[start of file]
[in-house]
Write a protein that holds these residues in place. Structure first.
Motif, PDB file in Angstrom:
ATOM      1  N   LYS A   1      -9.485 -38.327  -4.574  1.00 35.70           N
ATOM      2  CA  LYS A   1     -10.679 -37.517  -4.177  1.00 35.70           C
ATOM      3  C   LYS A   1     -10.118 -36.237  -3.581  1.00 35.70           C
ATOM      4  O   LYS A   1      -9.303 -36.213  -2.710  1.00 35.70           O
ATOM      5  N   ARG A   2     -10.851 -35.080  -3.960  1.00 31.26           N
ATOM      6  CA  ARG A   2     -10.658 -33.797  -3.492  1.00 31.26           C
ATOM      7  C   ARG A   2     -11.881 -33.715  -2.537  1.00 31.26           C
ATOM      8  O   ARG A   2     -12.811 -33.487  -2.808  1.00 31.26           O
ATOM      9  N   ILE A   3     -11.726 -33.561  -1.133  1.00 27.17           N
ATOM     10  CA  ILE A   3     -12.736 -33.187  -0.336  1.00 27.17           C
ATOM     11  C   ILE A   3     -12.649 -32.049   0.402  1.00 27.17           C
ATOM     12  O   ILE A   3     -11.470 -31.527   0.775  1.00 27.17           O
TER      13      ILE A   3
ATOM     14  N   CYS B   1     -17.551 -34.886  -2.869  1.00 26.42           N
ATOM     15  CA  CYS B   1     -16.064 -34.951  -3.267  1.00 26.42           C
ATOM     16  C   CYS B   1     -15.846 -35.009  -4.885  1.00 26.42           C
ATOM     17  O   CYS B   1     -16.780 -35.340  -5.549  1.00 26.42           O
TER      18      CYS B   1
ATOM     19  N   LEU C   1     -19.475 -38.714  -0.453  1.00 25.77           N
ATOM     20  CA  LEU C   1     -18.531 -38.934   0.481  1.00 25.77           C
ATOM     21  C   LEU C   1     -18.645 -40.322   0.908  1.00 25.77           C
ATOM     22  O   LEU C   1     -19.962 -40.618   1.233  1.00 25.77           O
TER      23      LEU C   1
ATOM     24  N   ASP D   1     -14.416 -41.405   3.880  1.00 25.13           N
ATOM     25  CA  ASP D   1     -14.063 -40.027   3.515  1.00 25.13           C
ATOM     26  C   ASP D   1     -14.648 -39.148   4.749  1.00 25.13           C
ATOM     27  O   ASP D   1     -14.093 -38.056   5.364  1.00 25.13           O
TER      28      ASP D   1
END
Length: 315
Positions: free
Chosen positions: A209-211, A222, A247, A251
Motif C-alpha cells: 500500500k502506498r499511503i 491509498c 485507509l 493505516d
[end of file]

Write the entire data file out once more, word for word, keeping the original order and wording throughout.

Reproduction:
[in-house]
Write a protein that holds these residues in place. Structure first.
Motif, PDB file in Angstrom:
ATOM      1  N   LYS A   1      -9.485 -38.327  -4.574  1.00 35.70           N
ATOM      2  CA  LYS A   1     -10.679 -37.517  -4.177  1.00 35.70           C
ATOM      3  C   LYS A   1     -10.118 -36.237  -3.581  1.00 35.70           C
ATOM      4  O   LYS A   1      -9.303 -36.213  -2.710  1.00 35.70           O
ATOM      5  N   ARG A   2     -10.851 -35.080  -3.960  1.00 31.26           N
ATOM      6  CA  ARG A   2     -10.658 -33.797  -3.492  1.00 31.26           C
ATOM      7  C   ARG A   2     -11.881 -33.715  -2.537  1.00 31.26           C
ATOM      8  O   ARG A   2     -12.811 -33.487  -2.808  1.00 31.26           O
ATOM      9  N   ILE A   3     -11.726 -33.561  -1.133  1.00 27.17           N
ATOM     10  CA  ILE A   3     -12.736 -33.187  -0.336  1.00 27.17           C
ATOM     11  C   ILE A   3     -12.649 -32.049   0.402  1.00 27.17           C
ATOM     12  O   ILE A   3     -11.470 -31.527   0.775  1.00 27.17           O
TER      13      ILE A   3
ATOM     14  N   CYS B   1     -17.551 -34.886  -2.869  1.00 26.42           N
ATOM     15  CA  CYS B   1     -16.064 -34.951  -3.267  1.00 26.42           C
ATOM     16  C   CYS B   1     -15.846 -35.009  -4.885  1.00 26.42           C
ATOM     17  O   CYS B   1     -16.780 -35.340  -5.549  1.00 26.42           O
TER      18      CYS B   1
ATOM     19  N   LEU C   1     -19.475 -38.714  -0.453  1.00 25.77           N
ATOM     20  CA  LEU C   1     -18.531 -38.934   0.481  1.00 25.77           C
ATOM     21  C   LEU C   1     -18.645 -40.322   0.908  1.00 25.77           C
ATOM     22  O   LEU C   1     -19.962 -40.618   1.233  1.00 25.77           O
TER      23      LEU C   1
ATOM     24  N   ASP D   1     -14.416 -41.405   3.880  1.00 25.13           N
ATOM     25  CA  ASP D   1     -14.063 -40.027   3.515  1.00 25.13           C
ATOM     26  C   ASP D   1     -14.648 -39.148   4.749  1.00 25.13           C
ATOM     27  O   ASP D   1     -14.093 -38.056   5.364  1.00 25.13           O
TER      28      ASP D   1
END
Length: 315
Positions: free
Chosen positions: A209-211, A222, A247, A251
Motif C-alpha cells: 500500500k502506498r499511503i 491509498c 485507509l 493505516d